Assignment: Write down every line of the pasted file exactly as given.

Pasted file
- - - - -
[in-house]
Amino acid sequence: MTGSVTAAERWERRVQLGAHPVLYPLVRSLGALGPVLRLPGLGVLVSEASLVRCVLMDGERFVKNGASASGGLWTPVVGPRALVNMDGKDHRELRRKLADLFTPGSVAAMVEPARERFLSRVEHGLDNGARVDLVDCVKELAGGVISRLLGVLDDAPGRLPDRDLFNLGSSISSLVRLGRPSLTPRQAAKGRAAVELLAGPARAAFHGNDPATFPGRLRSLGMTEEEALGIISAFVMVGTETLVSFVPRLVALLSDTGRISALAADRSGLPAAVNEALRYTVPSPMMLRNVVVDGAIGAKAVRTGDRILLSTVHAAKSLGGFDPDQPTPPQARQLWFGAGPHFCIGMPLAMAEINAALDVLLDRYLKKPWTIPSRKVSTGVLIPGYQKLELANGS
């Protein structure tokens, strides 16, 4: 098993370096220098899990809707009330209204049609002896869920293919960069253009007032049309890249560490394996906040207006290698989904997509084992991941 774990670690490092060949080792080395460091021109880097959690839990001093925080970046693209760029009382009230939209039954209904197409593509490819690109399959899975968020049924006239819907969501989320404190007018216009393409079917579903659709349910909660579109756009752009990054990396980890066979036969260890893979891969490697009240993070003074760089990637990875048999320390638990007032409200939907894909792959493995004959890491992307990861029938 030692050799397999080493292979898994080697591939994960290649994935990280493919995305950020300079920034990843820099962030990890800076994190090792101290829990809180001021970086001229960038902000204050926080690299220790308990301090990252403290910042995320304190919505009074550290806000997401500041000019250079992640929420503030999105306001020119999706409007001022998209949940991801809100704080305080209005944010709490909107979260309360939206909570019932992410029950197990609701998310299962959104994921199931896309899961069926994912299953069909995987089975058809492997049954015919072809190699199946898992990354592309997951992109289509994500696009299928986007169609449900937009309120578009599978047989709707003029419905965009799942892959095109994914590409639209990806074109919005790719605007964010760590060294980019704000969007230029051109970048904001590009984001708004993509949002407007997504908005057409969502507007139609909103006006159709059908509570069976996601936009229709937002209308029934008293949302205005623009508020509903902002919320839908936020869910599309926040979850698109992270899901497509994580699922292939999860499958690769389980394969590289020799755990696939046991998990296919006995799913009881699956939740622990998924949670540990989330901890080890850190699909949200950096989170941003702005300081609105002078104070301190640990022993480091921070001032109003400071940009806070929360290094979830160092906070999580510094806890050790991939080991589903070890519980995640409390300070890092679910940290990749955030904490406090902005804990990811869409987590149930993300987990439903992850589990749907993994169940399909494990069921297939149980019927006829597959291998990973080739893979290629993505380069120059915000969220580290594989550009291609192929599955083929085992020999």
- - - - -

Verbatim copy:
[in-house]
Amino acid sequence: MTGSVTAAERWERRVQLGAHPVLYPLVRSLGALGPVLRLPGLGVLVSEASLVRCVLMDGERFVKNGASASGGLWTPVVGPRALVNMDGKDHRELRRKLADLFTPGSVAAMVEPARERFLSRVEHGLDNGARVDLVDCVKELAGGVISRLLGVLDDAPGRLPDRDLFNLGSSISSLVRLGRPSLTPRQAAKGRAAVELLAGPARAAFHGNDPATFPGRLRSLGMTEEEALGIISAFVMVGTETLVSFVPRLVALLSDTGRISALAADRSGLPAAVNEALRYTVPSPMMLRNVVVDGAIGAKAVRTGDRILLSTVHAAKSLGGFDPDQPTPPQARQLWFGAGPHFCIGMPLAMAEINAALDVLLDRYLKKPWTIPSRKVSTGVLIPGYQKLELANGS
């Protein structure tokens, strides 16, 4: 098993370096220098899990809707009330209204049609002896869920293919960069253009007032049309890249560490394996906040207006290698989904997509084992991941 774990670690490092060949080792080395460091021109880097959690839990001093925080970046693209760029009382009230939209039954209904197409593509490819690109399959899975968020049924006239819907969501989320404190007018216009393409079917579903659709349910909660579109756009752009990054990396980890066979036969260890893979891969490697009240993070003074760089990637990875048999320390638990007032409200939907894909792959493995004959890491992307990861029938 030692050799397999080493292979898994080697591939994960290649994935990280493919995305950020300079920034990843820099962030990890800076994190090792101290829990809180001021970086001229960038902000204050926080690299220790308990301090990252403290910042995320304190919505009074550290806000997401500041000019250079992640929420503030999105306001020119999706409007001022998209949940991801809100704080305080209005944010709490909107979260309360939206909570019932992410029950197990609701998310299962959104994921199931896309899961069926994912299953069909995987089975058809492997049954015919072809190699199946898992990354592309997951992109289509994500696009299928986007169609449900937009309120578009599978047989709707003029419905965009799942892959095109994914590409639209990806074109919005790719605007964010760590060294980019704000969007230029051109970048904001590009984001708004993509949002407007997504908005057409969502507007139609909103006006159709059908509570069976996601936009229709937002209308029934008293949302205005623009508020509903902002919320839908936020869910599309926040979850698109992270899901497509994580699922292939999860499958690769389980394969590289020799755990696939046991998990296919006995799913009881699956939740622990998924949670540990989330901890080890850190699909949200950096989170941003702005300081609105002078104070301190640990022993480091921070001032109003400071940009806070929360290094979830160092906070999580510094806890050790991939080991589903070890519980995640409390300070890092679910940290990749955030904490406090902005804990990811869409987590149930993300987990439903992850589990749907993994169940399909494990069921297939149980019927006829597959291998990973080739893979290629993505380069120059915000969220580290594989550009291609192929599955083929085992020999």